On February 14, 2002, the Supreme Court of Canada granted the employer leave to appeal the Ontario Court of Appeal’s decision in OPSEU, Local 324 v. Parry Sound Welfare Administration Board. This case, which we reported in January 2000, October 2000 and January 2002 (see “Collective agreement no bar to human rights grievance of probationary employee”, “Divisional Court: arbitrator has no jurisdiction to hear probationary employee’s grievance” and “Court of Appeal reverses Divisional Court ruling on arbitrability of probationary employee’s grievance” on our Publications page), concerned the grievance of a probationary employee who was discharged a few days after returning to work from maternity leave.
The issue in the case is whether a board of arbitration had jurisdiction to hear the employee’s grievance, despite the fact that the collective agreement stipulated that the discharge of a probationary employee was not subject to the grievance procedure. The arbitration board held that it did have jurisdiction, based on its power under the Labour Relations Act “to interpret and apply human rights and other employment-related statutes, despite any conflict between those statutes and the terms of the collective agreement”.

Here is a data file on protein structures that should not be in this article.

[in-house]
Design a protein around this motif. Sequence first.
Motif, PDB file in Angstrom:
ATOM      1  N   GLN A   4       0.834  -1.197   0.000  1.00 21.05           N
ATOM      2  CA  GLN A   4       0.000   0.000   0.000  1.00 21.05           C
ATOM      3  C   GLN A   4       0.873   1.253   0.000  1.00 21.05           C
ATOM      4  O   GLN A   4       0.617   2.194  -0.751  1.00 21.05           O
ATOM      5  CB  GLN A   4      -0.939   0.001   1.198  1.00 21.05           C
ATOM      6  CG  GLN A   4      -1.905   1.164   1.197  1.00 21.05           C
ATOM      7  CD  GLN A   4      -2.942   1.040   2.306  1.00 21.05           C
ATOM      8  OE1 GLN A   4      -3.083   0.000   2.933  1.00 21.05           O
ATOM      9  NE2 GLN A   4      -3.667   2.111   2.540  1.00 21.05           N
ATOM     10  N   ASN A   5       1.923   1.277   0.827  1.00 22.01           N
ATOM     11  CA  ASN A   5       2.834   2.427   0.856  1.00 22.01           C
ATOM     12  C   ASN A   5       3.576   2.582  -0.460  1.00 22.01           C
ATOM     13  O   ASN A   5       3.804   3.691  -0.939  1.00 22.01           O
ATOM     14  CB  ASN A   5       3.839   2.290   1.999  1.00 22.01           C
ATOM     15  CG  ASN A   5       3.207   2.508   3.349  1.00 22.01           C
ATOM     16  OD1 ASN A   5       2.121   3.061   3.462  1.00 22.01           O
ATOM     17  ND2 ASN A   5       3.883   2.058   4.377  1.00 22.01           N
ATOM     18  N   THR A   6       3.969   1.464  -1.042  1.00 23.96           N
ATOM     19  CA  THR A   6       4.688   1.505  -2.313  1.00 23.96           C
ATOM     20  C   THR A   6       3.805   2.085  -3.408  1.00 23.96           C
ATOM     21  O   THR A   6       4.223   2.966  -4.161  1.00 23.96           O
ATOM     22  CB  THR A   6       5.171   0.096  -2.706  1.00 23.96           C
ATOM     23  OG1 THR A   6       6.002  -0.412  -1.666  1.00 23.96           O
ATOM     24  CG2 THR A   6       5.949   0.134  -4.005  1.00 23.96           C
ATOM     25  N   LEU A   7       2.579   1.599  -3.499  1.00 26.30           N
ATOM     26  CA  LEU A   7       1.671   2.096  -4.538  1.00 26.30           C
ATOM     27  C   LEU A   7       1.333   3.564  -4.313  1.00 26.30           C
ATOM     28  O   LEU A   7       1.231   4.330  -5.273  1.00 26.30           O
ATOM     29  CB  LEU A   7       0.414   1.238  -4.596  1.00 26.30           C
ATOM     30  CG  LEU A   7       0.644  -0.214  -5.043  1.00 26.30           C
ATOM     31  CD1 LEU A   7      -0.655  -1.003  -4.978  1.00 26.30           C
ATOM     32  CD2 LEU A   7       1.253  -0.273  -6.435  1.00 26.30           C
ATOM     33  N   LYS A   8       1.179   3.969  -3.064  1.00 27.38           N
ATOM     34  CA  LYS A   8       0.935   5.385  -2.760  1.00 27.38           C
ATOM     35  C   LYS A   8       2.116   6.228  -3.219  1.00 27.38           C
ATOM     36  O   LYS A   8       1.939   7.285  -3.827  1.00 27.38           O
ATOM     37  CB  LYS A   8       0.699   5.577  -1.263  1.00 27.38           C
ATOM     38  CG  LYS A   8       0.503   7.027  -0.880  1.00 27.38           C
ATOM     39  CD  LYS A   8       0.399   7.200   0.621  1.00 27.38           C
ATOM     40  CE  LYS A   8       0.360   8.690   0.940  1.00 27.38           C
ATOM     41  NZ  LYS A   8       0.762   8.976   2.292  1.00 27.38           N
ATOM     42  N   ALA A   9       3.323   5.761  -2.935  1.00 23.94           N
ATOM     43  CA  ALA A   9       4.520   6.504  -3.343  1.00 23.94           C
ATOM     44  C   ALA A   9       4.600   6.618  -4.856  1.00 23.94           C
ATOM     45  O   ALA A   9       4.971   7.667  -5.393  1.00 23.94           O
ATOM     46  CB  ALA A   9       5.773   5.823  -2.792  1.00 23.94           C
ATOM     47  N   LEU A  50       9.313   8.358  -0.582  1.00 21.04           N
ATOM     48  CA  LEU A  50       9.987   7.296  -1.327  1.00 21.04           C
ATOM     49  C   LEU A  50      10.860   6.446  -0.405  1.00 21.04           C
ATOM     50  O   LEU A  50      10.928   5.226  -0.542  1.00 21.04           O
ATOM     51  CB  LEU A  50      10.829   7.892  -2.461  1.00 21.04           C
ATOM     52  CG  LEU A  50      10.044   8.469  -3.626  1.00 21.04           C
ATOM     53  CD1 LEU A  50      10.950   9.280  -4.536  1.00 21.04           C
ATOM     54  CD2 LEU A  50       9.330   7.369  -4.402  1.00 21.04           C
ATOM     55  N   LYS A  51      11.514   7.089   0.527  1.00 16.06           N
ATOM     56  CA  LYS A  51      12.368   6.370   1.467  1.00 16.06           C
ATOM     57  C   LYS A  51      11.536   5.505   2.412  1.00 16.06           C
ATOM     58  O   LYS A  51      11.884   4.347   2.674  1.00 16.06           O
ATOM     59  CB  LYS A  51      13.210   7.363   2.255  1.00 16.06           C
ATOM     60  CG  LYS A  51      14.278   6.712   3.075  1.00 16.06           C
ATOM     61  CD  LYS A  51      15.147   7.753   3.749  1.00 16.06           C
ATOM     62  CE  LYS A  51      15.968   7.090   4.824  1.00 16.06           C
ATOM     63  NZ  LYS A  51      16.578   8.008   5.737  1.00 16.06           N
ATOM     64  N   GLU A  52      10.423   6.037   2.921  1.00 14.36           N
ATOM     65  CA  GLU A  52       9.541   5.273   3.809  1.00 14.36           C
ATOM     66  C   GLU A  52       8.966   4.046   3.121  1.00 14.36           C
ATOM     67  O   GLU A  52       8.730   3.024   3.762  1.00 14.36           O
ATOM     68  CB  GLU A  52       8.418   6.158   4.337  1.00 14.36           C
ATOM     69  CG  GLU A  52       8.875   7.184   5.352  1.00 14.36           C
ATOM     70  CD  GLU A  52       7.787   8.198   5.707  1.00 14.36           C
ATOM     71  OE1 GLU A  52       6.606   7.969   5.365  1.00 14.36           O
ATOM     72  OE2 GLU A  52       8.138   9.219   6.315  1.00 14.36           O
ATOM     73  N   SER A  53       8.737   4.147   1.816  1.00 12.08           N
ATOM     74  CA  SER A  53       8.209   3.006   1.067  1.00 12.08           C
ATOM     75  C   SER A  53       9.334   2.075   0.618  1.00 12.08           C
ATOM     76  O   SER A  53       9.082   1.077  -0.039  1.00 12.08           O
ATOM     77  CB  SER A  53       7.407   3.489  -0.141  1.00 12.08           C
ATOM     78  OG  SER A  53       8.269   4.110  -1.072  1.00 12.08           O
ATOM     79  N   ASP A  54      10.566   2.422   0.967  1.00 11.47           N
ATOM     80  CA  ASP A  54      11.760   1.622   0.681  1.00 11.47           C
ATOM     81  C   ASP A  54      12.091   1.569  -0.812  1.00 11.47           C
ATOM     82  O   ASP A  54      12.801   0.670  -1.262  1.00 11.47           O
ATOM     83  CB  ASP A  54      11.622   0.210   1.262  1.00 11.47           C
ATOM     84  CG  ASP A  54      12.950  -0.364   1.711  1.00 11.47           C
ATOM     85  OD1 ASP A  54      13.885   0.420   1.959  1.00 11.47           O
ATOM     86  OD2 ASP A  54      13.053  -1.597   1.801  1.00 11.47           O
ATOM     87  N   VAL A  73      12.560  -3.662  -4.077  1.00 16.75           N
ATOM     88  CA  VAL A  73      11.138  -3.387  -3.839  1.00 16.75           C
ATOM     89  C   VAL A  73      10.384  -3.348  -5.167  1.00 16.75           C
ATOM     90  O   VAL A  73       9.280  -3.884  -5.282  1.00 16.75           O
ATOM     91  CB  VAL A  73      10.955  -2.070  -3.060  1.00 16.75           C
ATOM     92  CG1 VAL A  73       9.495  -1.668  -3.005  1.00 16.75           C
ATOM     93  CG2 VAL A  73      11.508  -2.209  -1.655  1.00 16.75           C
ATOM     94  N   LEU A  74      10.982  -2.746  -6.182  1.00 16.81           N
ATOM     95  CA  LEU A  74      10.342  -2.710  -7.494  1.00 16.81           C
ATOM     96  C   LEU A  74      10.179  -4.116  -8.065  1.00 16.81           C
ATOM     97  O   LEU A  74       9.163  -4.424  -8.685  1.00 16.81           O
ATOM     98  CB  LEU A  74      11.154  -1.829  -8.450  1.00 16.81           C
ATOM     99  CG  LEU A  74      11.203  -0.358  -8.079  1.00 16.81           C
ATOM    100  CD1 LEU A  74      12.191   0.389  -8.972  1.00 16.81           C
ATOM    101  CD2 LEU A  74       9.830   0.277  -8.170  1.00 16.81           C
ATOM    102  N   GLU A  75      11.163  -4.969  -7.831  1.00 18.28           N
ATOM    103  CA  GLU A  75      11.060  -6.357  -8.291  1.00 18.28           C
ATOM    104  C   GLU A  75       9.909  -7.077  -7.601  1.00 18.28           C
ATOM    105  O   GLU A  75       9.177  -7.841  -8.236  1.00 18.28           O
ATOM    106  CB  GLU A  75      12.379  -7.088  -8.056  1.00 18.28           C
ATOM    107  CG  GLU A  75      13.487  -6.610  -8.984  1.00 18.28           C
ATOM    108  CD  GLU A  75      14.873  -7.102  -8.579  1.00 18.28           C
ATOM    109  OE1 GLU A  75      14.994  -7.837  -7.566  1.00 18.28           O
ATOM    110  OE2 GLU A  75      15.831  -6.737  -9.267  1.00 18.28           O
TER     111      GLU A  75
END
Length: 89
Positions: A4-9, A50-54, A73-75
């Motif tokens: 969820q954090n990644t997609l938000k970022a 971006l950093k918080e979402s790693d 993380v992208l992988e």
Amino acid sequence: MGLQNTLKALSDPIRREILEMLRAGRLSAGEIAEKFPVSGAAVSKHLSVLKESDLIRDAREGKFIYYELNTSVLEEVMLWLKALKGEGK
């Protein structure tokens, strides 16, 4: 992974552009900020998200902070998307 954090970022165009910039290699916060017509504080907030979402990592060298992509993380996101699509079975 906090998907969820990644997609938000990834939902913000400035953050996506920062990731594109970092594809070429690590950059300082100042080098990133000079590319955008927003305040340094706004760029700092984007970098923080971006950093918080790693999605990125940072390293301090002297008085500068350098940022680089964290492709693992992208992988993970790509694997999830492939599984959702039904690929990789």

This ruling was quashed by the Divisional Court, but then reinstated by the Court of Appeal. However, the Court of Appeal based its ruling, not on the provisions of the Labour Relations Act but rather, on two provisions of the Employment Standards Act: section 44, which bars reprisals against employees taking pregnancy or parental leave, and subsection 64.5(1), which provides that the Employment Standards Act is enforceable against the employer with respect to contraventions of the Act occurring when the collective agreement is in force, as if the Act were part of the collective agreement.
Therefore, the Court held, subsection 64.5(1) makes the prohibition of reprisals against employees who have taken pregnancy or parental leave a part of the collective agreement. These provisions in the Act apply to probationary employees, and they prevail over provisions of the collective agreement which make discharge grievances by probationary employees inarbitrable.
We will keep readers informed of the results of this appeal. (For more recent developments, see “Supreme Court of Canada: arbitration board has jurisdiction over human rights grievance of probationary employee” on our What’s New page.)
For further information, please contact J.D. Sharp (613) 563-7660, Extension 233.